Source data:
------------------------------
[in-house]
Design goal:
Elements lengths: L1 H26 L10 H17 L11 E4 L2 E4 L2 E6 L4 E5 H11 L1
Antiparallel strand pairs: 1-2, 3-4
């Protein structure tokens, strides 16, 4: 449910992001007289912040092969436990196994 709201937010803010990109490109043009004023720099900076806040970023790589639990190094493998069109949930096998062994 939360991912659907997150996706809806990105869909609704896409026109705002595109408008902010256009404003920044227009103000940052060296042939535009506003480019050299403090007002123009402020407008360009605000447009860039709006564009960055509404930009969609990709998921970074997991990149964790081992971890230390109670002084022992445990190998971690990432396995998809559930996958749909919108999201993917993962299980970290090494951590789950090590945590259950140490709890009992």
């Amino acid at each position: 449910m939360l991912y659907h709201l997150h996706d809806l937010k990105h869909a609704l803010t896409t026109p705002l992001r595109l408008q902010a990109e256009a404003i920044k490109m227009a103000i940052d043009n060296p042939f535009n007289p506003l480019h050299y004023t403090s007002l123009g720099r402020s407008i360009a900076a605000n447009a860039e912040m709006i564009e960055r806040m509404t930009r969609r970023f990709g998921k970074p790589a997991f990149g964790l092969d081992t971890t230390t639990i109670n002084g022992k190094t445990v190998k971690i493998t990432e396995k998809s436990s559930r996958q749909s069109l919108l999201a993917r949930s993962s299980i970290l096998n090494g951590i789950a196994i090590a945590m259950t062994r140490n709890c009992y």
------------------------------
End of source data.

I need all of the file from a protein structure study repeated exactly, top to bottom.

[in-house]
Design goal:
Elements lengths: L1 H26 L10 H17 L11 E4 L2 E4 L2 E6 L4 E5 H11 L1
Antiparallel strand pairs: 1-2, 3-4
């Protein structure tokens, strides 16, 4: 449910992001007289912040092969436990196994 709201937010803010990109490109043009004023720099900076806040970023790589639990190094493998069109949930096998062994 939360991912659907997150996706809806990105869909609704896409026109705002595109408008902010256009404003920044227009103000940052060296042939535009506003480019050299403090007002123009402020407008360009605000447009860039709006564009960055509404930009969609990709998921970074997991990149964790081992971890230390109670002084022992445990190998971690990432396995998809559930996958749909919108999201993917993962299980970290090494951590789950090590945590259950140490709890009992």
């Amino acid at each position: 449910m939360l991912y659907h709201l997150h996706d809806l937010k990105h869909a609704l803010t896409t026109p705002l992001r595109l408008q902010a990109e256009a404003i920044k490109m227009a103000i940052d043009n060296p042939f535009n007289p506003l480019h050299y004023t403090s007002l123009g720099r402020s407008i360009a900076a605000n447009a860039e912040m709006i564009e960055r806040m509404t930009r969609r970023f990709g998921k970074p790589a997991f990149g964790l092969d081992t971890t230390t639990i109670n002084g022992k190094t445990v190998k971690i493998t990432e396995k998809s436990s559930r996958q749909s069109l919108l999201a993917r949930s993962s299980i970290l096998n090494g951590i789950a196994i090590a945590m259950t062994r140490n709890c009992y």